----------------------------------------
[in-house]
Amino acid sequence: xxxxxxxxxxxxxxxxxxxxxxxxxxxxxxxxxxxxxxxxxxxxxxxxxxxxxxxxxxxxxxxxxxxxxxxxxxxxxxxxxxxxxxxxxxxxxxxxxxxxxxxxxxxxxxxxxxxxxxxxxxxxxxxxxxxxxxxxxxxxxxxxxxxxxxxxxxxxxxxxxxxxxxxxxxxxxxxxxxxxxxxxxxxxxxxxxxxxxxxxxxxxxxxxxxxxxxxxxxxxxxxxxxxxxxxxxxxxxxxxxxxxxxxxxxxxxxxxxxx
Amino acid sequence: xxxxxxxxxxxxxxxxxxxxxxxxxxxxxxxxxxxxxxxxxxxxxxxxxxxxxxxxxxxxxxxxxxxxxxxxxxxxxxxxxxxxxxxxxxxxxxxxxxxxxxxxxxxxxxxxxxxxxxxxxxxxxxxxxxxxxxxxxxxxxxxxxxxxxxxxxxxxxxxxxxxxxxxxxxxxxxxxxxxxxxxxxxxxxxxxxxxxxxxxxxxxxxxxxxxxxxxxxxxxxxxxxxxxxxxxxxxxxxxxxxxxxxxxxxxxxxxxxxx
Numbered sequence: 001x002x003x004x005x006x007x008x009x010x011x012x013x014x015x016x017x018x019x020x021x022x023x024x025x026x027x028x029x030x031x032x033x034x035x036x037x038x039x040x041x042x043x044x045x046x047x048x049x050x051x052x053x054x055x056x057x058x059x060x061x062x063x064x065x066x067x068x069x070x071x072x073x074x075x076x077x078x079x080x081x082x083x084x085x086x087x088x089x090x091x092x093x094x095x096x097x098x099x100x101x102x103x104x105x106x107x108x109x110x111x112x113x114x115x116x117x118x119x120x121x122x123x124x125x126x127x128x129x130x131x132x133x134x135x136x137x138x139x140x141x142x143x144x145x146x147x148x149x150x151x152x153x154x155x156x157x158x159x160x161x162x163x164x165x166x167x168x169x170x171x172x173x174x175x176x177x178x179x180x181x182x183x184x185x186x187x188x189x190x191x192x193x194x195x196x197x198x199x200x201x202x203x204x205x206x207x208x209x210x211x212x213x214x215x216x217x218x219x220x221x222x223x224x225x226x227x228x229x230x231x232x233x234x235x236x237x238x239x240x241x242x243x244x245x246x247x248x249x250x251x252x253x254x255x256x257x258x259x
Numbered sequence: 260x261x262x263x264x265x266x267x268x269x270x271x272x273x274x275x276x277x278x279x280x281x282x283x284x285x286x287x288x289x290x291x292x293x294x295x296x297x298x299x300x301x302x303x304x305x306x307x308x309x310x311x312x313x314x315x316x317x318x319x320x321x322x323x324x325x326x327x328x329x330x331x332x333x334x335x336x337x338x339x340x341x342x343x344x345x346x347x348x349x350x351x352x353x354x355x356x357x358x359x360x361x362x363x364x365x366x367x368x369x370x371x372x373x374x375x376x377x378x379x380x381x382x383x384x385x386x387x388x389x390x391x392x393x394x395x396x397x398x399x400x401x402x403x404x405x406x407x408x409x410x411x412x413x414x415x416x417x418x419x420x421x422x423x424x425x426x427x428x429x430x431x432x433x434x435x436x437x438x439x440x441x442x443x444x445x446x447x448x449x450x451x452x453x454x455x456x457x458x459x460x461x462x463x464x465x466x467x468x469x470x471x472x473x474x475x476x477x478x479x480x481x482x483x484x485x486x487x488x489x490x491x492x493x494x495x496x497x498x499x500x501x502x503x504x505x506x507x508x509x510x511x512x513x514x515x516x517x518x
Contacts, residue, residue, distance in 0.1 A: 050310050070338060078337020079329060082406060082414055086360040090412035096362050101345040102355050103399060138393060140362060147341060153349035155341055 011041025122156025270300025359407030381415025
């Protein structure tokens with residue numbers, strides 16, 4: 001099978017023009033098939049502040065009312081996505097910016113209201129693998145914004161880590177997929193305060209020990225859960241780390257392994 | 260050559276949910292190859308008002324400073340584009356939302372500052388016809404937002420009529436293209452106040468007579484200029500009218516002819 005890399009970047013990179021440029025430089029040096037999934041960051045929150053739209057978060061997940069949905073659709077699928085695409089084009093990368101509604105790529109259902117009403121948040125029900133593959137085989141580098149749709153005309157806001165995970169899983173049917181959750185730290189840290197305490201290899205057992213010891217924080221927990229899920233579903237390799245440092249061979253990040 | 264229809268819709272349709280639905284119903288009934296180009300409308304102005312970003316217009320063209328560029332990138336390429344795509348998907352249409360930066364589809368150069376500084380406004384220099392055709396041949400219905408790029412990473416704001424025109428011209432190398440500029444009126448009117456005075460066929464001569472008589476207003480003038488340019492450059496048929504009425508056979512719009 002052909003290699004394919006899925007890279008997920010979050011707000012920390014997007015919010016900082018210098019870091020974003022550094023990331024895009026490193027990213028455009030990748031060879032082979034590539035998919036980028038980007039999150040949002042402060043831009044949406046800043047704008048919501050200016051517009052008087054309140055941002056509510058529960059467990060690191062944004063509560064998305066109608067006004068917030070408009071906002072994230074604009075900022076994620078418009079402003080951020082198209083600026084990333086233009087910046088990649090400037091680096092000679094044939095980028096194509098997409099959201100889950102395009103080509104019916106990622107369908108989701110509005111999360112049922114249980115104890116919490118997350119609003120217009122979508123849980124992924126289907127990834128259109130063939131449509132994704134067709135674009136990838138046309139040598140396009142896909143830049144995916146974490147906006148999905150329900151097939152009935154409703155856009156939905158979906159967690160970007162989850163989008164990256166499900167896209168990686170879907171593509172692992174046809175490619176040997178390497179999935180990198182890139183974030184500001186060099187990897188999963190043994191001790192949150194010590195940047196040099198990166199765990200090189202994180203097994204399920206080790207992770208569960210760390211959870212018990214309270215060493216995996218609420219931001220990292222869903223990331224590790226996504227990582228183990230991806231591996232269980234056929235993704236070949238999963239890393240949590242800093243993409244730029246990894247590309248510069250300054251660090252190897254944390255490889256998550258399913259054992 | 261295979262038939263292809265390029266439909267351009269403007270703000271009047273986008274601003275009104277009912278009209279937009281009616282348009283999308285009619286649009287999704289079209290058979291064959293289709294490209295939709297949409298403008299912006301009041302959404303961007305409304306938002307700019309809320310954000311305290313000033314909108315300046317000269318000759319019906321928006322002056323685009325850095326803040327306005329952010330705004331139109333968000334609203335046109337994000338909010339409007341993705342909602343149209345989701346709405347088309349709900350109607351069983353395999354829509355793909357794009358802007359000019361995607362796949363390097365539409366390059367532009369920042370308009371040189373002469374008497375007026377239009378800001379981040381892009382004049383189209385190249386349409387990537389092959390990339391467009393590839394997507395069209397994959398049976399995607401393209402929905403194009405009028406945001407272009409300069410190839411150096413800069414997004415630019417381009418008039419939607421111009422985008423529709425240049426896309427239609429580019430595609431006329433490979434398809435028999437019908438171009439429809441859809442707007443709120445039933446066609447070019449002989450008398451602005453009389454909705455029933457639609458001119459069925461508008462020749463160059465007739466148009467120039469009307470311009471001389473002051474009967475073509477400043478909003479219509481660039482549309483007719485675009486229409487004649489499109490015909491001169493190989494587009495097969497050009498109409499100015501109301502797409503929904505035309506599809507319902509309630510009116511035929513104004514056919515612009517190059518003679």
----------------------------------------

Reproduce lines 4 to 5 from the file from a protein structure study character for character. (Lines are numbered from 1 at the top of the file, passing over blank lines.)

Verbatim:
Numbered sequence: 001x002x003x004x005x006x007x008x009x010x011x012x013x014x015x016x017x018x019x020x021x022x023x024x025x026x027x028x029x030x031x032x033x034x035x036x037x038x039x040x041x042x043x044x045x046x047x048x049x050x051x052x053x054x055x056x057x058x059x060x061x062x063x064x065x066x067x068x069x070x071x072x073x074x075x076x077x078x079x080x081x082x083x084x085x086x087x088x089x090x091x092x093x094x095x096x097x098x099x100x101x102x103x104x105x106x107x108x109x110x111x112x113x114x115x116x117x118x119x120x121x122x123x124x125x126x127x128x129x130x131x132x133x134x135x136x137x138x139x140x141x142x143x144x145x146x147x148x149x150x151x152x153x154x155x156x157x158x159x160x161x162x163x164x165x166x167x168x169x170x171x172x173x174x175x176x177x178x179x180x181x182x183x184x185x186x187x188x189x190x191x192x193x194x195x196x197x198x199x200x201x202x203x204x205x206x207x208x209x210x211x212x213x214x215x216x217x218x219x220x221x222x223x224x225x226x227x228x229x230x231x232x233x234x235x236x237x238x239x240x241x242x243x244x245x246x247x248x249x250x251x252x253x254x255x256x257x258x259x
Numbered sequence: 260x261x262x263x264x265x266x267x268x269x270x271x272x273x274x275x276x277x278x279x280x281x282x283x284x285x286x287x288x289x290x291x292x293x294x295x296x297x298x299x300x301x302x303x304x305x306x307x308x309x310x311x312x313x314x315x316x317x318x319x320x321x322x323x324x325x326x327x328x329x330x331x332x333x334x335x336x337x338x339x340x341x342x343x344x345x346x347x348x349x350x351x352x353x354x355x356x357x358x359x360x361x362x363x364x365x366x367x368x369x370x371x372x373x374x375x376x377x378x379x380x381x382x383x384x385x386x387x388x389x390x391x392x393x394x395x396x397x398x399x400x401x402x403x404x405x406x407x408x409x410x411x412x413x414x415x416x417x418x419x420x421x422x423x424x425x426x427x428x429x430x431x432x433x434x435x436x437x438x439x440x441x442x443x444x445x446x447x448x449x450x451x452x453x454x455x456x457x458x459x460x461x462x463x464x465x466x467x468x469x470x471x472x473x474x475x476x477x478x479x480x481x482x483x484x485x486x487x488x489x490x491x492x493x494x495x496x497x498x499x500x501x502x503x504x505x506x507x508x509x510x511x512x513x514x515x516x517x518x